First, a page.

Myth: If you're allergic to one food you'll be allergic to many
Children are usually allergic to two, three or more foods. Most recover by the age of four, so if you're an adult reacting to a lot of different foods, it's probably intolerance rather than an allergy.
Myth: Milk allergy is quite common in adults
Most children outgrow a milk allergy and can safely reintroduce dairy products into their diet. However, some children and adults have symptoms that can be attributed to milk intolerance, which is often caused by lactose, a sugar found in all animal milks, including breast milk. Our gut is lined with lactase, an enzyme that digests lactose. If there's not enough lactase, the gut can't digest milk and it passes through causing discomfort and diarrhoea. Occasionally, lactose intolerance causes muscle pain, headaches, fatigue and constipation. A bout of gastroenteritis can temporarily strip your gut of lactase, causing people to be lactose intolerant for several weeks afterwards.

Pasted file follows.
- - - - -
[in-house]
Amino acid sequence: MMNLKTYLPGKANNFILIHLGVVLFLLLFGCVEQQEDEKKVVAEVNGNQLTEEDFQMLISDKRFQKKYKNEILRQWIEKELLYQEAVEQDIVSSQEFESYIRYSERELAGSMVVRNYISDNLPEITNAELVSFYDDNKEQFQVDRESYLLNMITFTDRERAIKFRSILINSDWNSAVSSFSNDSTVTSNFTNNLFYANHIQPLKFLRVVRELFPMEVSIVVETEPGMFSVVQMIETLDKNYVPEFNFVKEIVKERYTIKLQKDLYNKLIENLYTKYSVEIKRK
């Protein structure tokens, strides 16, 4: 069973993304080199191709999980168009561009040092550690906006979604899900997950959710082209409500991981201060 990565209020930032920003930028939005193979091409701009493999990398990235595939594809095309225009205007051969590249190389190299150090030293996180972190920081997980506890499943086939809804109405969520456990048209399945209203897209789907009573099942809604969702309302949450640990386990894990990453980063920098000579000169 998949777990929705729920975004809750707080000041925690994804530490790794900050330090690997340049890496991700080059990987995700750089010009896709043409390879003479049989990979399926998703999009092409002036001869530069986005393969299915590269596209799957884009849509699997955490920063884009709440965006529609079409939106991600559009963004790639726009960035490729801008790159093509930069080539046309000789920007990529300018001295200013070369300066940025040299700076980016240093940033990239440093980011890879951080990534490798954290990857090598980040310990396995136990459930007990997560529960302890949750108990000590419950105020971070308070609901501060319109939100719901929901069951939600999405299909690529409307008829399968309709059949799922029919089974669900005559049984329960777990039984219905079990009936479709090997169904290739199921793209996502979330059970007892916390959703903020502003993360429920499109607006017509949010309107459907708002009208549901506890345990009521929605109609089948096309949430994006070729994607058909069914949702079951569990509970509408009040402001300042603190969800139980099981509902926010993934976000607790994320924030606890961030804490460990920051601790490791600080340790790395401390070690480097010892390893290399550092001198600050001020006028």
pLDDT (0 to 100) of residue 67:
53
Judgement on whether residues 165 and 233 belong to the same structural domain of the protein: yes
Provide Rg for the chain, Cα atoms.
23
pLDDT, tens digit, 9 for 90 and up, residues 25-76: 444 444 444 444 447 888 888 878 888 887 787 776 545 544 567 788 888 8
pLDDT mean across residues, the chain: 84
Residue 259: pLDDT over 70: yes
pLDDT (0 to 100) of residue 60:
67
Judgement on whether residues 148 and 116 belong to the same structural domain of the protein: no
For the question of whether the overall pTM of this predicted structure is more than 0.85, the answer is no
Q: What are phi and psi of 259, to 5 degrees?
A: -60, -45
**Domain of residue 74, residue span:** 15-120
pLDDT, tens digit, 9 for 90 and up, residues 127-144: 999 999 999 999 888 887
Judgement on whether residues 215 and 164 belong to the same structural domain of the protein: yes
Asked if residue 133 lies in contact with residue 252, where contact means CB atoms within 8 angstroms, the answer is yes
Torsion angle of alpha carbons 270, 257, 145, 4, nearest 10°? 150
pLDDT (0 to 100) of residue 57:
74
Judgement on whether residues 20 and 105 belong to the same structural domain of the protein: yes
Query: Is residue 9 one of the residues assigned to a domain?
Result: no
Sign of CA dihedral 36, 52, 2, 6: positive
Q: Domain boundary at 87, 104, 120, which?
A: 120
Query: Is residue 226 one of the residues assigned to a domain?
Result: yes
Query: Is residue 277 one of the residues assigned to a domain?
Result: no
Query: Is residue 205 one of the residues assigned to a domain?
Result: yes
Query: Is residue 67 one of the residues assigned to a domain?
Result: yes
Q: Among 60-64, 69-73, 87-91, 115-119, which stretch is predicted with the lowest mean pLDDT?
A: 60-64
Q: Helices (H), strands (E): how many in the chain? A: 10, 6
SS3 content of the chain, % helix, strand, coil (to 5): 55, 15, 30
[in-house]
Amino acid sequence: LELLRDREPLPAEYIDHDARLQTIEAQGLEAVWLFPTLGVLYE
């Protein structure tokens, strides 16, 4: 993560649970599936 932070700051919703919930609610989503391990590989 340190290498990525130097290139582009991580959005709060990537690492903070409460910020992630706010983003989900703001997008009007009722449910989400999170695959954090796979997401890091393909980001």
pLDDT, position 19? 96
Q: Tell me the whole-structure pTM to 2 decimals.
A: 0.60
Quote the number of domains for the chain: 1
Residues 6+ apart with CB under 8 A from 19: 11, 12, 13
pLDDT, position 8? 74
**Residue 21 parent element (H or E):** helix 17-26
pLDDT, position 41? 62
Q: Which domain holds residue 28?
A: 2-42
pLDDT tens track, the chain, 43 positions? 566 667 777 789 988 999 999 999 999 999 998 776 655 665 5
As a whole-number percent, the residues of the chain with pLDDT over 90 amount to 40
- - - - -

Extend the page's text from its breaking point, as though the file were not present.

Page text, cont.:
Myth: Nuts are the cause of most food allergies
Although peanut allergy is becoming increasingly common, children can be allergic to a variety of foods, including eggs, milk, soy, wheat, seafood, tree nuts and sesame. Egg is the most common food allergy, but nuts are associated with more severe reactions. Most children outgrow food allergies by the age of four, but nut and seafood allergies tend to persist into adulthood.
Myth: Wheat allergies are on the rise